Cancer is one of the most scientifically complex and dynamic diseases. Even with significant advances in our understanding of the genetic and molecular mechanisms that lead to cancer, only 10 percent of approved oncology drugs demonstrate an overall survival benefit.1 In recent years, there has been a shift in how early-phase oncology studies are conducted as adaptive trial designs have become more common. These designs seek to limit the number of patients exposed to ineffective doses or treatments while accelerating detection of efficacy signals, thereby enriching the likelihood of trial success.
The precision medicine paradigm shift
With the emergence of precision medicine, the framework of oncology clinical trials has evolved from a one-size-fits-all approach to a more personalized one. This shift has fueled the need for adaptive trial designs that allow for review of data at prespecified times during study conduct and predefined adaptations of study design elements based on observations that accrue within the trial. The key here is prespecified (or a priori), defined in the study protocol before the trial begins, in order to avoid the perception of bias. In precision oncology trials, design adaptations are often driven by two types of biomarkers:
- Predictive biomarkers, which predict the likelihood of therapeutic response
- Prognostic biomarkers, which predict the most likely prognosis of an individual patient
Predefined changes in an adaptive trial design may include refinements in sample size, dynamic adjustment of dose schedules, changes in treatment-arm allocations, enrichment of the study population with patients who are most likely to benefit from treatment, and even early-stopping decisions.
Advantages of adaptive trial designs
With increased flexibility, adaptive trial designs offer many advantages compared to conventional fixed-sample trial designs. Adaptive designs can:
- Minimize the need for amendments or new protocols, which can be costly and require site re-training.
- Enable seamless transition between study phases by eliminating the need to close a trial before opening a new protocol.
- Increase efficiency by eliminating study start-up activities for follow-on or expansion phases.
- Provide patients the opportunity to continue therapy until progression rather than re-enrolling in rollover studies or seeking expanded access programs.
- Reduce the number of patients exposed to ineffective doses or treatments.
- Allow for early efficacy readouts based on criteria established a priori for prespecified interim analyses.
Common adaptive trial designs
Adaptive design approaches that can be used to optimize early-stage oncology trials in precision medicine include:
- Seamless Phase 1/2 adaptive designs, where a dose-finding Phase 1 study transitions into a Phase 2 expansion study for determining an early efficacy signal.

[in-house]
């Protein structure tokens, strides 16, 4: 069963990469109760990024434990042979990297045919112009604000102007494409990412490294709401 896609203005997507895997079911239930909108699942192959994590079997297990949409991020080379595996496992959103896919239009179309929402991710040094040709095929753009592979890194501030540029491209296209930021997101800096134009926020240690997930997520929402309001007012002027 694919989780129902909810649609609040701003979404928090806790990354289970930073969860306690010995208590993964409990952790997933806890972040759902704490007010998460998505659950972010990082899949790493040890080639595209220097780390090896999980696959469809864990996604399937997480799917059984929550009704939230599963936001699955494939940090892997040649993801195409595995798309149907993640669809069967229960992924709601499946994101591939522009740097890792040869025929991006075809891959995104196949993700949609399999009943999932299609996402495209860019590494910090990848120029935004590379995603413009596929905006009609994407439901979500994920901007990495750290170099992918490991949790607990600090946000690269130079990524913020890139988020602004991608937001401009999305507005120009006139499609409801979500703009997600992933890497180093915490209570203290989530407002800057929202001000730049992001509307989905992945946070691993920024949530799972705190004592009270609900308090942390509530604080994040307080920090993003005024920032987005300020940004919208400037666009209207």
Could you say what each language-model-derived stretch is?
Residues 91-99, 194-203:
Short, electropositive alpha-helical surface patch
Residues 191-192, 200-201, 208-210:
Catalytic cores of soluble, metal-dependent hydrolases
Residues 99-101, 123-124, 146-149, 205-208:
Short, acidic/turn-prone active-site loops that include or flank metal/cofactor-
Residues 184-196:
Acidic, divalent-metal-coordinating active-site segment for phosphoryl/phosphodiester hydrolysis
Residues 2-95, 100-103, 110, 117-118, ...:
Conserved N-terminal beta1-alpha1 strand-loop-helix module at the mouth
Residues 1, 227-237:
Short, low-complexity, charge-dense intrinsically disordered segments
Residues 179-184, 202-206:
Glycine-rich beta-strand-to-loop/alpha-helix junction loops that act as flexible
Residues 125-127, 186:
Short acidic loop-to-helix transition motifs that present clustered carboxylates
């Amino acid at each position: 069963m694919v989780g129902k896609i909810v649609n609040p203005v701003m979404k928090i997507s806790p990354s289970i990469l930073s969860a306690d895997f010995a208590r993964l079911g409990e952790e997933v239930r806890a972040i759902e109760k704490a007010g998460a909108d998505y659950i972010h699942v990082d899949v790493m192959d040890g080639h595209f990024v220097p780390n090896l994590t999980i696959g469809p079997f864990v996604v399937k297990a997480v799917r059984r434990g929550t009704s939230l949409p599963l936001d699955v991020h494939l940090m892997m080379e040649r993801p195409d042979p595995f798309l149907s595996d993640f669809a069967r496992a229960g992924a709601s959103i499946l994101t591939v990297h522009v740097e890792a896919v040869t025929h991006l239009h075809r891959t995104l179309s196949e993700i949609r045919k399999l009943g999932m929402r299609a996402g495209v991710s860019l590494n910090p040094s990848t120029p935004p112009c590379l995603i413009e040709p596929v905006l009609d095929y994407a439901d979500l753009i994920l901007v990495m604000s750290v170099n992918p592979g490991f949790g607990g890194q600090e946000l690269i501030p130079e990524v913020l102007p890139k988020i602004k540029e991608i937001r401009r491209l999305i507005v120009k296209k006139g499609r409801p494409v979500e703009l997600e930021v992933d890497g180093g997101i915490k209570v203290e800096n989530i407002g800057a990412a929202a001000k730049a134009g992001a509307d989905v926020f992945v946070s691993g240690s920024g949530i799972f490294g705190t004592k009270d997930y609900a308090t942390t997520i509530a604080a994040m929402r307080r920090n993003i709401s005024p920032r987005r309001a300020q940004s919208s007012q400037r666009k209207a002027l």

- Biomarker enrichment designs, which use biomarkers to enrich the study population with patients who are more likely to demonstrate a therapeutic response.
- Biomarker stratified designs, in which molecular markers are used as stratification variables.
- Umbrella designs, which evaluate multiple targeted therapies for a single disease that is stratified into subgroups by molecular alterations.
- Basket designs, in which a single targeted therapy is evaluated on multiple diseases that have common underlying molecular alterations.
Adaptive design studies may include multiple cohorts and multiple tumor types. In addition, numerous adaptation methods may be used in a single trial.2
Challenges with adaptive designs
While adaptive trial designs offer inherent benefits in precision oncology studies, they may be challenging to execute, especially for sponsors and sites with no previous experience. Careful planning is essential for addressing logistical hurdles related to implementing the necessary data monitoring and data management processes necessary for each adaptation. Given that adaptive trial designs can be statistically and computationally complex, they require the support of an experienced biostatistics team. Appropriate training and ongoing education are also necessary for site staff and trial management personnel.
Learning more about adaptive trial designs
A recent study evaluating clinical development success rates from 2011 to 2020 found that the overall likelihood of approval (LOA) from Phase 1 for all development candidates was 7.9 percent.3 For oncology drug programs, the LOA from Phase 1 was only 5.3 percent, though 12.4 percent of immuno-oncology therapies transitioned from Phase 1 to approval. Leveraging adaptive trial designs at the early stages of oncology drug development, may help optimize success by enabling more rapid determinations of futility and early efficacy signals, thus accelerating the development of new cancer therapies.
To learn more about using adaptive trial designs in precision oncology studies, download our white paper.
 Chen EY, Raghunathan V, Prasad V. An overview of cancer drugs approved by the U.S. Food and Drug Administration based on the surrogate end point of response rate. JAMA Intern Med. 2019;179(7):915-921.
 Sverdlov O, Wong WK. Novel statistical designs for Phase I/II and Phase II clinical trials with dose-finding objectives. Ther Innov Regul Sci. 2014;48:601–612
 BIO, Informa Pharma Intelligence, QLS Advisors. Clinical Development Success Rates and Contributing Factors 2011–2020.